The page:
Morality and Tribalism: The Problem with Utilitarianism
An answer to Joshua Greene’s Moral Tribes
Posted Dec 12, 2013
The problem with Utilitarianism is the same problem that one finds using any optimization function—what if the other tribe doesn’t share the same optimization function? In his book Moral Tribes, Joshua Greene argues for a dual-process description of human morality—an emotional (*1) process that has wired in certain behaviors that drive members of a group into the “cooperate-cooperate” corner of the Prisoner’s Dilemma (*2) and provides controls against members of the group defecting, and a cognitive (*3) process that maximizes some goal. Joshua Greene argues that the goal maximized by the cognitive process is a form of maximum-happiness or Utilitarianism.
Greene correctly points out that the emotional (Pavlovian) system is very good for controlling within-tribe behavior, but that it also produces out-tribe Xenophobia, which is obviously not conducive to between-tribe morality. Greene then suggests that we need to be using the more cognitive system to mediate between these tribes. He suggests that some sort of happiness-maximization function is the only possible answer. (*4)
The problem is that you have to assume that the other tribe shares your definition of the optimization function. If one tribe says that all people (Sneetches) with stars on their bellies (link Dr. Seuss) are real people, and all Sneetches without are not, then you can’t convince them to let those non-star-bellied-Sneetches go.
Let’s take Greene’s slavery example. If you believe that non-star-bellied-Sneetches do not count in the grand sum total of happiness, then you can increase happiness by making non-star-bellied-Sneetches slaves to serve the star-bellied-Sneetches. If I could build a robot to do all the hard labor, so I could take a life of ease, would that be OK? I’m pretty sure that Greene doesn’t object to the use of automatic vacuum cleaners (Roomba) to clean floors. But what if the robot was sentient? Is it OK to use horses to draw carriages? In the American Civil War and World War II, we were faced with cultures that removed certain populations from the sum of total happiness. How do we handle those tribes?
Historically, there have been two solutions to the cross-tribe problem. Some mechanism to integrate the tribes into one (e.g. integration in the US in the latter half of the 20th century) and applying the same punishment for defection (called “altruistic punishment” because one sacrifices some of one’s resources to punish defection) at the group level instead of the individual level. I would argue that both of these options are more realistic options for the inter-tribe problem than Utilitarianism.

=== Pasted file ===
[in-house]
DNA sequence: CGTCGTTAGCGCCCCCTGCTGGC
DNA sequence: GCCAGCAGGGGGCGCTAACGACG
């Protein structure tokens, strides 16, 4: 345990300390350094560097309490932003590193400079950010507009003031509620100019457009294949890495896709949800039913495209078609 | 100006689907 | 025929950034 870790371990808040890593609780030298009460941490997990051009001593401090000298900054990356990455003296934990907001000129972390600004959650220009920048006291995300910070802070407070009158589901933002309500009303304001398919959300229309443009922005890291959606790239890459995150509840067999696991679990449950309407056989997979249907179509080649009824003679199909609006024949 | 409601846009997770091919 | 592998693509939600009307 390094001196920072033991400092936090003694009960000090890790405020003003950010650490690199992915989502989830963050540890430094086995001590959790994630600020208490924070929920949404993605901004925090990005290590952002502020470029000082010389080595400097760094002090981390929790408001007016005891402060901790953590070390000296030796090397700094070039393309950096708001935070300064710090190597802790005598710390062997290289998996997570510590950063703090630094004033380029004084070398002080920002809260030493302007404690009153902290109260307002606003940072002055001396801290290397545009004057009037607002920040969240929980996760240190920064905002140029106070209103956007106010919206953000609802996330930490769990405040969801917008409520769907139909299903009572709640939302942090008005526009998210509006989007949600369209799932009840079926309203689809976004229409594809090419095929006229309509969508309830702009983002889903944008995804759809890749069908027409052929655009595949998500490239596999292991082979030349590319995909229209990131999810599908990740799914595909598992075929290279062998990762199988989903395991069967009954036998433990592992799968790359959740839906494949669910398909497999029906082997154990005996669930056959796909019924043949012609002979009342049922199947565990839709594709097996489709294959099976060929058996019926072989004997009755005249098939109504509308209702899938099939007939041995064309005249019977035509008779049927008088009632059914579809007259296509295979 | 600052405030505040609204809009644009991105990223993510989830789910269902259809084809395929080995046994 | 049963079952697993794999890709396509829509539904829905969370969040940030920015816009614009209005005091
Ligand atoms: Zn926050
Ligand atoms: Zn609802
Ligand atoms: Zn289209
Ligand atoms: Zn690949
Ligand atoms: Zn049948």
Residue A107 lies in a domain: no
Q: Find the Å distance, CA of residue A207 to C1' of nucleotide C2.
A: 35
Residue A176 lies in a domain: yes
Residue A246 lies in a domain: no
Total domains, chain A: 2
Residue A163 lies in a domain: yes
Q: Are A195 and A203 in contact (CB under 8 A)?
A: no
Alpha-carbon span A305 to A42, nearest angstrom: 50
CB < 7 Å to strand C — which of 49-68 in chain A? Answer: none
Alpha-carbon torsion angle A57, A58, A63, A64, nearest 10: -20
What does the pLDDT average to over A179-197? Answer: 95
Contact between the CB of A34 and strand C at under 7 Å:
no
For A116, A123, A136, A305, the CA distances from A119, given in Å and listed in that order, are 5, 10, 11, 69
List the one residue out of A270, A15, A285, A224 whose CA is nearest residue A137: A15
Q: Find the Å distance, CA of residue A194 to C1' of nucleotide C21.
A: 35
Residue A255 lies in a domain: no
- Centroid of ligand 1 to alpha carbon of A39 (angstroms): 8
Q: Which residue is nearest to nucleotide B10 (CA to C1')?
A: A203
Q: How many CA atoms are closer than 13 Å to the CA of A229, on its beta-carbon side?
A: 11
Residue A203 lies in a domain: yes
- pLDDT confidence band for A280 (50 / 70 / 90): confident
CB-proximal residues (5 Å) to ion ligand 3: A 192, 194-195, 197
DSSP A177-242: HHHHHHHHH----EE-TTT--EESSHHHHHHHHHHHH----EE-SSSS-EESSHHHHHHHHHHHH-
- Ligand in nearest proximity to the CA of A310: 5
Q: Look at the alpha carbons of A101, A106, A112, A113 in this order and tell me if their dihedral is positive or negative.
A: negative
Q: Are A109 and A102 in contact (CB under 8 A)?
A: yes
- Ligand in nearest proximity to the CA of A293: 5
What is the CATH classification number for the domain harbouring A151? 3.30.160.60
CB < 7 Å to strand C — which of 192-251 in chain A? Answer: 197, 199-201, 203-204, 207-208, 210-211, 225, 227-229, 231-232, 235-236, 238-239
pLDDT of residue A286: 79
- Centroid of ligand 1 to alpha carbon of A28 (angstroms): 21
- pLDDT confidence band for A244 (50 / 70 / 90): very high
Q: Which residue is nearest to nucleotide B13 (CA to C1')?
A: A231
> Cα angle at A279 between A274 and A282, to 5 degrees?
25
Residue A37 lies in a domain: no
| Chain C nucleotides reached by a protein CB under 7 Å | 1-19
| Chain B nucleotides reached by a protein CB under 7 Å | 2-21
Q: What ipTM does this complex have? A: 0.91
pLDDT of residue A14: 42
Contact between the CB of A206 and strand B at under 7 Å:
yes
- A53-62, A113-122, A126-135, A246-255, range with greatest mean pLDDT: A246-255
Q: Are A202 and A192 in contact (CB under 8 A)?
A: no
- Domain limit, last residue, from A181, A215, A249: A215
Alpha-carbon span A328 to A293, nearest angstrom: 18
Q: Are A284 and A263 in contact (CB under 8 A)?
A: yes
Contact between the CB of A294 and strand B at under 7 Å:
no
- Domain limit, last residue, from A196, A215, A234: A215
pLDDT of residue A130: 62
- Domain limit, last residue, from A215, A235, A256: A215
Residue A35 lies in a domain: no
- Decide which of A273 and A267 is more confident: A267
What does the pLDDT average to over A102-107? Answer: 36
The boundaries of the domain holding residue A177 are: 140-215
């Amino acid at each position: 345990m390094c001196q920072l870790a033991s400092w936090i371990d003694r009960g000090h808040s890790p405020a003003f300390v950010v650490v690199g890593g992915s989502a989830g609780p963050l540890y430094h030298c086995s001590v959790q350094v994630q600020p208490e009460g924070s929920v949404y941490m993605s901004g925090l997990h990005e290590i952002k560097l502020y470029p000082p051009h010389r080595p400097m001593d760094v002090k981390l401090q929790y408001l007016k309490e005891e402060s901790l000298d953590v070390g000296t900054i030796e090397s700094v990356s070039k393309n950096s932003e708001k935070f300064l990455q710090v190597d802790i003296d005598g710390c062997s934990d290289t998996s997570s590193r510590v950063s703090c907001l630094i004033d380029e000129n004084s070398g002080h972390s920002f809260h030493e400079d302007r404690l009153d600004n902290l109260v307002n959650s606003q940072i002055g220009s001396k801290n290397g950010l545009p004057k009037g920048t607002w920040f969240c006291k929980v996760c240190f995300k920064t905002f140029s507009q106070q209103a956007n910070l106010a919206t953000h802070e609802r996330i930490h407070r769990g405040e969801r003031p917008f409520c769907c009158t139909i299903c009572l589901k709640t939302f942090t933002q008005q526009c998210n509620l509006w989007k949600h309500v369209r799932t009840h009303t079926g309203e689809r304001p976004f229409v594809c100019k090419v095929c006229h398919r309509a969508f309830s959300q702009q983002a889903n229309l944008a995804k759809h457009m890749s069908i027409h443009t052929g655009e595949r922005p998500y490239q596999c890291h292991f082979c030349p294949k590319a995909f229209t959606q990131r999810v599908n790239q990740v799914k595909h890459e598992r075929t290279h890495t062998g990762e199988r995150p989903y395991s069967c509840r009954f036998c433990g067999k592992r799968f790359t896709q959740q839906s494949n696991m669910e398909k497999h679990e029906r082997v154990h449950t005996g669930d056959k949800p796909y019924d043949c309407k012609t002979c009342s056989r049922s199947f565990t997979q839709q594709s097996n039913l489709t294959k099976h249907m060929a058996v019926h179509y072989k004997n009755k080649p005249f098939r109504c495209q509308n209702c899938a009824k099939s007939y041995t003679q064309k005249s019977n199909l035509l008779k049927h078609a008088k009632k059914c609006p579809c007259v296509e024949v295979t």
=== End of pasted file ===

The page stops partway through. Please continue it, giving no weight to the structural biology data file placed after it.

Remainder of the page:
- Morality chapter (23) of The Mind within the Brain
- Moral Tribes, Joshua Greene
- Unto Others, Elliott Sober and David Sloan Wilson
*1 In The Mind within the Brain, I call this action-selection system the Pavlovian system—it is a set of species-specific action repertoires that can be learned to be released in appropriate situations. The Pavlovian system learns the situations in which to release these actions. Categorizations of these action repertoires are the emotions (lust, anger, fear, love, disgust, etc.)
*2 The Prisoner’s Dilemma is a description of a basic game to get at the deep question of when do we cooperate and when do we cheat each other. The quick description is that each player has two choices (cooperate or defect). Both players cooperating is better for each than both players defecting, but if one player defects and the other cooperates the player that defects does better than both cooperating and the player that cooperates does worse.
*3 In The Mind within the Brain, I call this action-selection system the Deliberative system—an ability to search through potential future outcomes and evaluate those imagined outcomes to determine what would be best. It is slow and cumbersome, but very flexible.
*4 I am going to sidestep the usual issues of How do you define happiness? (As Greene notes, we can get pretty self-consistent estimates simply by asking, and besides, we only need to know change in happiness to decide if doing something is good or not—it’s good if it increases total happiness) and the usual issues of How do you handle the suggestion of trading your one kid for a dozen unknown kids across the world? (This is a conflict between Greene’s emotional and cognitive moralities.)